Private cloud firm Connected Data has birthed a business-class, private cloud/file sync 'n' share product based on its consumer Transporter product's base.
Transporter is a mini-cooling tower desktop lookalike housing a hard drive with internet connectivity.
Peer-to-peer networks of Transporters can share and synchronise files. The idea is to provide a Dropbox-like experience with no recurring fees once you go past the freemium store capacity, and better security as the shared data never goes up into a cloud vault.
Authorised users' smart mobiles, tablets, notebooks and desktops can access Transporter-stored files remotely and always see the latest version of the files therein. There are 11,000-plus Transporters out there and Connected Data has now built a business version of it: Transporter Genesis.
The company would have us think of it as a kind of NetApp (filer) plus Dropbox box (well, rackshelf, actually) with up to 48TB of capacity and Active Directory integration. SSDs are used to speed metadata operations and AES-256 is used to encrypt files in transit. The system supports file versioning and can provide read-only access.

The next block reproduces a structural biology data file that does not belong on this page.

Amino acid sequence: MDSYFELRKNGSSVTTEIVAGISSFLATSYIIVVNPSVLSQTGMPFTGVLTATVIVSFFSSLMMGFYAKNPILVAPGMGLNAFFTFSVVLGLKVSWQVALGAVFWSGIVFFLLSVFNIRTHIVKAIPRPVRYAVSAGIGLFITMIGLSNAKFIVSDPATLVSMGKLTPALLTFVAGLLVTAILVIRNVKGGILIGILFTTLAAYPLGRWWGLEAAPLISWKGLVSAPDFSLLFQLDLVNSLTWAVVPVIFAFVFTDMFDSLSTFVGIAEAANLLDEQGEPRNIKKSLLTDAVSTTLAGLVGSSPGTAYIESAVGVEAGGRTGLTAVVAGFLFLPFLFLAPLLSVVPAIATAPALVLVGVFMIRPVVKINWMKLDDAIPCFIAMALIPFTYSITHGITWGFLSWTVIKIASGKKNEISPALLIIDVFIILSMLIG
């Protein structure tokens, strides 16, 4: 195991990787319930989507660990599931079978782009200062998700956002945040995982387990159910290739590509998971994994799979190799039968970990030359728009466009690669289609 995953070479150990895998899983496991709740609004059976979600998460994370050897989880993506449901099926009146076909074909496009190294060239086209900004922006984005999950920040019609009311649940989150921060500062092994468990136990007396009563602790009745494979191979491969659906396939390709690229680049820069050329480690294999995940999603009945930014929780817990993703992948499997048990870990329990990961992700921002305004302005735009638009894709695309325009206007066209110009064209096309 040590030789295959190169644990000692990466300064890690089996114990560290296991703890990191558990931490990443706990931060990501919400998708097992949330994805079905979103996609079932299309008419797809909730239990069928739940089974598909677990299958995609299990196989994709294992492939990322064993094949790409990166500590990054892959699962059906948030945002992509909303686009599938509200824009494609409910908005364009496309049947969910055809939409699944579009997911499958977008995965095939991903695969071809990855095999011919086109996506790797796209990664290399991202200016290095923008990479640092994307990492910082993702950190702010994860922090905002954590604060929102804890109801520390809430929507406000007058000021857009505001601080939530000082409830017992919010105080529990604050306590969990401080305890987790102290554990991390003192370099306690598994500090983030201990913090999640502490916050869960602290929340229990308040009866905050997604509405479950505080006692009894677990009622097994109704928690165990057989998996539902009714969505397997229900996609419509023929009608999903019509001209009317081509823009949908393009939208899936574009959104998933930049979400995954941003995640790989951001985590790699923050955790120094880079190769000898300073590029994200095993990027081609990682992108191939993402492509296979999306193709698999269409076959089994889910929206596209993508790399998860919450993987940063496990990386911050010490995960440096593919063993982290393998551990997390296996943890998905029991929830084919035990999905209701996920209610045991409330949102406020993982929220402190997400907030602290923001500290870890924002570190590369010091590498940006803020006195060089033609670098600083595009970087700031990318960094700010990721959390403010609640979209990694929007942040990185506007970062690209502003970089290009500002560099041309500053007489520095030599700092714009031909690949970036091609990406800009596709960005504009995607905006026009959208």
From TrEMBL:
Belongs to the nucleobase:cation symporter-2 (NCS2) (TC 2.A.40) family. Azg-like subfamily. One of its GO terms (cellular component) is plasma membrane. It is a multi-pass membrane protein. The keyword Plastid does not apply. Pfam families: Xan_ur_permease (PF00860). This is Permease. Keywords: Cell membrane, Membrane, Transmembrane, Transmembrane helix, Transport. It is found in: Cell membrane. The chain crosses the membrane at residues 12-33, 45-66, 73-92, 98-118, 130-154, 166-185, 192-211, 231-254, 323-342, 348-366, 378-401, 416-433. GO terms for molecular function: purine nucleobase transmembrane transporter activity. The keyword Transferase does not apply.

In essence it’s a standard filer with Dropbox-like look-and-feel to enable you to share synchronised versions of files amongst your users, as well as organisations' office sites.
Connected Data's pitch is basically “buy this, get Dropbox-type functionality but don’t pay continuing Dropbox storage and access fees and keep all your data in-house, avoiding cloud security weaknesses, and also complex VPN links.”
Transporter Genesis bezel view
Connected Data would have us understand that Transporter Genesis (TG) “is ideal for organisations of all sizes, including those with remote offices and mobile employees in highly regulated industries such as legal, healthcare and financial services.”
There are two TG configurations, both with 2 x 1GbitE access featuring load-balancing:
- TG75 - 6-core Xeon, 12TB and up to 75 users
- TG150 - 8-core Xeon, 24TB and up to 150 users
TG appliances can added in a grid-like fashion as their capacity needs grow and to sync off-site.
The accessing users see files in a folder like they are used to on Windows Explorer or via the Mac OS X Finder, or on their tablets or smartphones.
Transporter Genesis accessed from MacBook